Zach Gentry’s 55-yard touchdown in Michigan’s spring game was the type of result many would expect from the redshirt sophomore. How Gentry reached the end zone, though, is what defies expectations.

Gentry was once a highly-touted quarterback prospect, ranked among the nation’s best by nearly every prognosticator. The 6-foot-7, 245 pounder practically oozed potential: he had the arm strength to excel and athleticism that didn’t confine him to the pocket.

The one knock on Gentry, who attended high school in New Mexico — typically a state light on Division I football talent — was that he was raw and would require some time to develop.

That’s certainly held true. It’s just that Gentry hasn’t spent the last couple of years developing at quarterback — he’s had to do so at a different position.

Last spring, Gentry was shuffled out of the quarterback competition and converted into a tight end. The ‘why’ is apparent: he’s tall, fast and can catch the ball. That didn’t make the move any less unexpected, yet Gentry took it in stride.

“I trust Coach Harbaugh because he knows what’s best for us,” Gentry said. “He said they needed some athleticism in other spots, and he liked my size and body type. It’s paid off a lot for me so far.

“Plus, I was well aware of his success with tight ends, and that was one of the things that attracted me there.”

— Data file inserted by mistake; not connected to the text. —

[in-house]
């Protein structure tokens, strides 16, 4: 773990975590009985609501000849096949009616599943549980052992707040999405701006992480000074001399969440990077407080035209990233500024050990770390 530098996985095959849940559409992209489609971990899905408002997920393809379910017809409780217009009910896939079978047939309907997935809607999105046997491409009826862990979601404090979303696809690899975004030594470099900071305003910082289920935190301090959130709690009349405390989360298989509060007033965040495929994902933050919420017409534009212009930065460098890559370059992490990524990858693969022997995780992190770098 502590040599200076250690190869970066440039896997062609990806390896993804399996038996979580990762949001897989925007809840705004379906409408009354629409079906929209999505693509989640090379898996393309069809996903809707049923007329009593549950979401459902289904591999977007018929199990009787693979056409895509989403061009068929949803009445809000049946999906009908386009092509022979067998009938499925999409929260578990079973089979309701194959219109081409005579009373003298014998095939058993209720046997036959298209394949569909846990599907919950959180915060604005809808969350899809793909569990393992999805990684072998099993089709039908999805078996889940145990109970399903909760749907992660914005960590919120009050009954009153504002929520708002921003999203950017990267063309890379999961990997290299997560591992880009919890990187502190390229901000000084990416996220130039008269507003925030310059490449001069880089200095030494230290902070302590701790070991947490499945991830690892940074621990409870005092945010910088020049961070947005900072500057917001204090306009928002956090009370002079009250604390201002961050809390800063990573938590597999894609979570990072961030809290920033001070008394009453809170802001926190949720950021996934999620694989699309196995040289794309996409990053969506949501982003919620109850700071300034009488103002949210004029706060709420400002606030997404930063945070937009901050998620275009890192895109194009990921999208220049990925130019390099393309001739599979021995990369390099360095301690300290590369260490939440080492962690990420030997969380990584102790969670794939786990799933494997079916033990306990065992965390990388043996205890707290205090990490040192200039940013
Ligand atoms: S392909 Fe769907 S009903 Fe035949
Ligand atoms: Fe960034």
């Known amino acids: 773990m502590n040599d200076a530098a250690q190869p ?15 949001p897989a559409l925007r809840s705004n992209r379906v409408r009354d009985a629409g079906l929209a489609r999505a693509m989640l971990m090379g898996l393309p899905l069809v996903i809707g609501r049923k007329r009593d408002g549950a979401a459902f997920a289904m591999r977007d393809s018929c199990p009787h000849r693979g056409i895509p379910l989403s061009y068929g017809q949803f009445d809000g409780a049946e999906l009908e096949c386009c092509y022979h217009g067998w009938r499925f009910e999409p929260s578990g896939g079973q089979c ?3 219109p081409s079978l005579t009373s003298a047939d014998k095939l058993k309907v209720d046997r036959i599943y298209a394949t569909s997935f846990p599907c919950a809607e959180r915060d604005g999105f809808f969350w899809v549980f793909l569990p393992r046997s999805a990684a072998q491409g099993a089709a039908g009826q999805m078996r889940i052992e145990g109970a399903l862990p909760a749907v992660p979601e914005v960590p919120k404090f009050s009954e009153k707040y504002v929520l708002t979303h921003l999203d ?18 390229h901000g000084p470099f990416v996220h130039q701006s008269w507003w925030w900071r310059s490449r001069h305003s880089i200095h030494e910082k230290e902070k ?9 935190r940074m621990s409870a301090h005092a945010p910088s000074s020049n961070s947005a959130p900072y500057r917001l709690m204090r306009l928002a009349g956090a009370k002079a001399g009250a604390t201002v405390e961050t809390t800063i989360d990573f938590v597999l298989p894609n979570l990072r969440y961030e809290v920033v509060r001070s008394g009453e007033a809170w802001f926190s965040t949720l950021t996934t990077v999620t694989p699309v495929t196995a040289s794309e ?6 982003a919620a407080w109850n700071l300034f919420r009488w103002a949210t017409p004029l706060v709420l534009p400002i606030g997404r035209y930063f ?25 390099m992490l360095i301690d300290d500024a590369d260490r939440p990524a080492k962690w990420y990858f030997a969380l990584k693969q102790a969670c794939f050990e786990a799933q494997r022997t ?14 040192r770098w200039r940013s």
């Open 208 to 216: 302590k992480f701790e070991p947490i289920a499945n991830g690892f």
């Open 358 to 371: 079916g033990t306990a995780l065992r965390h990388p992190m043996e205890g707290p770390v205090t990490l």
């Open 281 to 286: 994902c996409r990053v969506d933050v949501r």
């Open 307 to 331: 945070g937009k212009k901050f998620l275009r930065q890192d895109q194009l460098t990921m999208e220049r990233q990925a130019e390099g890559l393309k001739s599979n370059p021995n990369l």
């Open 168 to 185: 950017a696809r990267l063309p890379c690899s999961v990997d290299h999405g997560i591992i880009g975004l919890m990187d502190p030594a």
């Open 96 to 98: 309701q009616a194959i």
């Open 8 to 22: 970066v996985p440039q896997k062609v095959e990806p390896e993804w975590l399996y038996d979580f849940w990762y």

Gentry said playing basketball while growing up helped him with the transition. But the adjustment period was still a lengthy one, as Gentry explained, because quarterback is “so different from any other position.”

Instead of learning the intricacies of his old position, Gentry has had to learn everything from scratch at his new one: how to line up, how to run routes and how to block.

“It took me quite a while to get used to,” Gentry said, “but once I got the ball rolling and I was used to it, it starts to become second nature, so it’s fine now.”

No matter how long it’s taken him to adapt to the position, it’s apparent that Gentry possesses the same type of potential at tight end that he did at quarterback. His big play in the spring game is plenty of evidence — Gentry runs up the seam, catches the ball without letting it get into his body and makes a man miss before sprinting in for the touchdown.

“It definitely helped my confidence a lot,” Gentry said of the touchdown reception. “Finally getting in the endzone in the Big House, whether it’s a live game or not, is definitely a confidence booster and it’s something that carried me through, made me work extra hard during summer workouts, and it definitely gave me a little edge and little more motivation going through.”

He did admit that he still misses some aspect of his old position — especially the leadership required from the man under center. But Gentry appears to understand his quarterbacking days are over, and tight end has grown on him.

“I feel tremendously more comfortable,” Gentry said. “A whole year of growth is a long time, just definitely getting a lot more used to it, getting a lot more used to the playbook and playing with the guys around me, so I feel tremendously more comfortable, 100 percent.”

Special thanks to The Michigan Insider’s Josh Henschke for providing The Michigan Daily with audio from an open interview session with Zach Gentry.

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